Ten years ago, our office received a call from a guidance counselor at one of our elementary schools. There had been an armed home invasion--a drug rip off--where the burglars hit the wrong apartment in a triple decker. Instead of the third floor, where the drugs and money were, the burglars busted down the second floor door, where a single mom and three children under the age of twelve were sleeping. Unaware that their "intelligence" was off, the burglars drew their guns on the family. After pistol whipping the mother and shoving the oldest child, the burglars realized their mistake and fled--not, however, without leaving a trail of trauma.
Remarkably, the three children showed up to school the next morning, hand-in-hand and on time. The problem was the school and the police never communicated, and the children went unnoticed. A missed opportunity for intervention.
In an effort to close the gaps, and better equip the community to better respond to child victims and witnesses of violence, our office partnered with the Trauma and Learning Policy Initiative (TLPI)--a collaboration of Harvard Law School and the Mass Advocates for Children. TLPI led the training for educators on how to provide trauma-sensitive responses for children exposed to violence, and our office worked with police departments to improve communication with schools. The result was the adoption of the Handle with Care protocol created by the West Virginia Center for Children's Justice. Ten years later, we would return to our previous work as an answer to one of the emerging public safety issues resulting from the opioid crisis--drug endangered children.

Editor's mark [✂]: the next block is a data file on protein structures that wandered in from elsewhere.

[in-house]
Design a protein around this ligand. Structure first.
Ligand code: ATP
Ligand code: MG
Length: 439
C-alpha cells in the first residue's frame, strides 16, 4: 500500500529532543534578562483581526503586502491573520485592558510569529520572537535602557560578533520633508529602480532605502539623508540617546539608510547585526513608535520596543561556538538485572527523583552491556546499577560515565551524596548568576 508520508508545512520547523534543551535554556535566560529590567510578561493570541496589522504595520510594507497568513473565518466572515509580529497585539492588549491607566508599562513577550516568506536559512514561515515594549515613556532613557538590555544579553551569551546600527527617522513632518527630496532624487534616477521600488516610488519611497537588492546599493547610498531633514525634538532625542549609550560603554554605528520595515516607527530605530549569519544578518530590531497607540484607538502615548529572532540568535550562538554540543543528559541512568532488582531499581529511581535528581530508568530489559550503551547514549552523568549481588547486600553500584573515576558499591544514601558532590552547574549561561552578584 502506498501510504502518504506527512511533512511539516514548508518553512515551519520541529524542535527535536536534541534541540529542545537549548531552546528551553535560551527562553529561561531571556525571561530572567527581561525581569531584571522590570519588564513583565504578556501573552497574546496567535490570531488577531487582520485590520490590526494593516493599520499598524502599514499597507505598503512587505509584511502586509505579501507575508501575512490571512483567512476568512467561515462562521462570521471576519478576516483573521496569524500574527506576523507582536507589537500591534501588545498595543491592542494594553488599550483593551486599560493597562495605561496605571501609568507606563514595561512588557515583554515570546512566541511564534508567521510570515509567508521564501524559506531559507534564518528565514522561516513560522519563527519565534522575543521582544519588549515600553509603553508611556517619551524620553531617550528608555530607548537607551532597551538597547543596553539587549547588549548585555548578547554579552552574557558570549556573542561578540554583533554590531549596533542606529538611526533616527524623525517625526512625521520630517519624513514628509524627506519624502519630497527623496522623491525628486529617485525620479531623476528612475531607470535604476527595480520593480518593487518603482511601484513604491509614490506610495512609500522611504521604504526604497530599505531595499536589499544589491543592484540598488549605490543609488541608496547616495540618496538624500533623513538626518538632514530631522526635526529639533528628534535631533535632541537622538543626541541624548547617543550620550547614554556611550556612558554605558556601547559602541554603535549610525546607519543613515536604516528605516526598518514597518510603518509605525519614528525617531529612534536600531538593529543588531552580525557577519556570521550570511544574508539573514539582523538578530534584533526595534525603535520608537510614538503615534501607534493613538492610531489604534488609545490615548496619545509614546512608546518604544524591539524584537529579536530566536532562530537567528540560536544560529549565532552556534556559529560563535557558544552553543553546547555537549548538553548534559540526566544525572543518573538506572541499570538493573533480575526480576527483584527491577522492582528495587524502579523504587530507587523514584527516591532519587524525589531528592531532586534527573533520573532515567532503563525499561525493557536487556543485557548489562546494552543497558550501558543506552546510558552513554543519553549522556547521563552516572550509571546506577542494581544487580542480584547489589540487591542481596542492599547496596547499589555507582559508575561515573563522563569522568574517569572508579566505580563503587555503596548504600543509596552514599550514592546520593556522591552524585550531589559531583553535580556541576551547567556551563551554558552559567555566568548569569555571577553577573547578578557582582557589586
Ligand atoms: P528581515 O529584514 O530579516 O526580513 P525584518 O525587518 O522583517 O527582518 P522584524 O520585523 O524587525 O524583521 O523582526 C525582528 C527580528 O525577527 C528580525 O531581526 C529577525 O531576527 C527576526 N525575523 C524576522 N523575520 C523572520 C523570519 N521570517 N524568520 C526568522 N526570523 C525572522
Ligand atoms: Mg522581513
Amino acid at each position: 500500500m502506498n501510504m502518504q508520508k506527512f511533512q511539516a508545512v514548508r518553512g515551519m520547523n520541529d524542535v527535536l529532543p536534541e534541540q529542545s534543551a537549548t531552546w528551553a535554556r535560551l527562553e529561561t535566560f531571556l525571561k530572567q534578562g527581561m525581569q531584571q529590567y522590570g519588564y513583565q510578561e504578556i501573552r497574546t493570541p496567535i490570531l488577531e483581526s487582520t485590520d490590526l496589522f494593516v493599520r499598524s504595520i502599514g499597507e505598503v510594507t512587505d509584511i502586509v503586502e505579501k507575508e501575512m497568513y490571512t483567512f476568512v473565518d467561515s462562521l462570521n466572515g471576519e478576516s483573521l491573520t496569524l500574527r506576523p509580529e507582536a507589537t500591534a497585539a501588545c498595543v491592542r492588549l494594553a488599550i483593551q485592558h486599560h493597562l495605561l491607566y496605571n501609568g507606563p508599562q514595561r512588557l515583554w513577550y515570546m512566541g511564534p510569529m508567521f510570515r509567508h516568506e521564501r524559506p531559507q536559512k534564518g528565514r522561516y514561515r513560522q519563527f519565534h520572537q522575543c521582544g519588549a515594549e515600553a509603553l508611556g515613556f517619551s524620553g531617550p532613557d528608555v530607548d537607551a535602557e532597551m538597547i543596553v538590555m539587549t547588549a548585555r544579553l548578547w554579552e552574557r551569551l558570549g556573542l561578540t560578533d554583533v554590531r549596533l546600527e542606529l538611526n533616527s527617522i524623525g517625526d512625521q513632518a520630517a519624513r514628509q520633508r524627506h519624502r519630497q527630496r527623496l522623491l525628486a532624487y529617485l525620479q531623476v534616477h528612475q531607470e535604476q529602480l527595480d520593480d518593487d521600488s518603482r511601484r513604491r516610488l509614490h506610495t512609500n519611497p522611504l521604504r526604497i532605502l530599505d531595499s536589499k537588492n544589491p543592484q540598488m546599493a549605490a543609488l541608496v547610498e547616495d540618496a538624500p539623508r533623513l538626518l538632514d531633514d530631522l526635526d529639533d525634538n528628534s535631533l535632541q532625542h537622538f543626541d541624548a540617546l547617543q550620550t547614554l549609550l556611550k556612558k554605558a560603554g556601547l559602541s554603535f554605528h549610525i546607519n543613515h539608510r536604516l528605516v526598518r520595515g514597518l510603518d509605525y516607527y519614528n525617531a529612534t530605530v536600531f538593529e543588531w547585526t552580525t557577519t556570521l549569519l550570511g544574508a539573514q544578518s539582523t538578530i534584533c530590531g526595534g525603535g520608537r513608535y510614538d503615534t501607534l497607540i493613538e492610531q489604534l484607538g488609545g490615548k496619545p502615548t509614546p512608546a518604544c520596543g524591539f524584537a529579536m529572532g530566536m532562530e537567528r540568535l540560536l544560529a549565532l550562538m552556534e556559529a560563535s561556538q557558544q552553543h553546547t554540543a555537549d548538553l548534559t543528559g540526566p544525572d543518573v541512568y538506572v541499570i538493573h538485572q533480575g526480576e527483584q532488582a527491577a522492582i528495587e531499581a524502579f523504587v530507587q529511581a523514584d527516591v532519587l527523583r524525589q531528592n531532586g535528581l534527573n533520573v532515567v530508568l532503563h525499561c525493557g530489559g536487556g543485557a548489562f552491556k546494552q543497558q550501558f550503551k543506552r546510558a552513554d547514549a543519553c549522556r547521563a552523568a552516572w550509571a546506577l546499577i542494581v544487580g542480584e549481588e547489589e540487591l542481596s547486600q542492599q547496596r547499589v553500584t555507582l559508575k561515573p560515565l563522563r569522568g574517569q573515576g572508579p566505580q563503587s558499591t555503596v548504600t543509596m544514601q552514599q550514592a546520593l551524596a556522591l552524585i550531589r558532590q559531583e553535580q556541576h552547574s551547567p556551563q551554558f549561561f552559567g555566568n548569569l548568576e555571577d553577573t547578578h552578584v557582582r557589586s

I have served as the chief law enforcement official in Plymouth County, Massachusetts for the past 17 years. During my tenure, we have been tireless in our commitment to pursue justice for victims of crime, and prosecute those who take advantage of them. Our work is ever evolving, and this is especially the case with the dramatic increase in substance use disorders and drug-related fatalities, which continue to devastate our families, schools and neighborhoods. There are misconceptions by some who believe those of us working in law enforcement are attempting to arrest our way out of this issue and are targeting for prosecution those suffering from addiction. This could not be further from the truth. At the end of the day, our job is to protect the community and respond to its needs. The science has improved and we in law...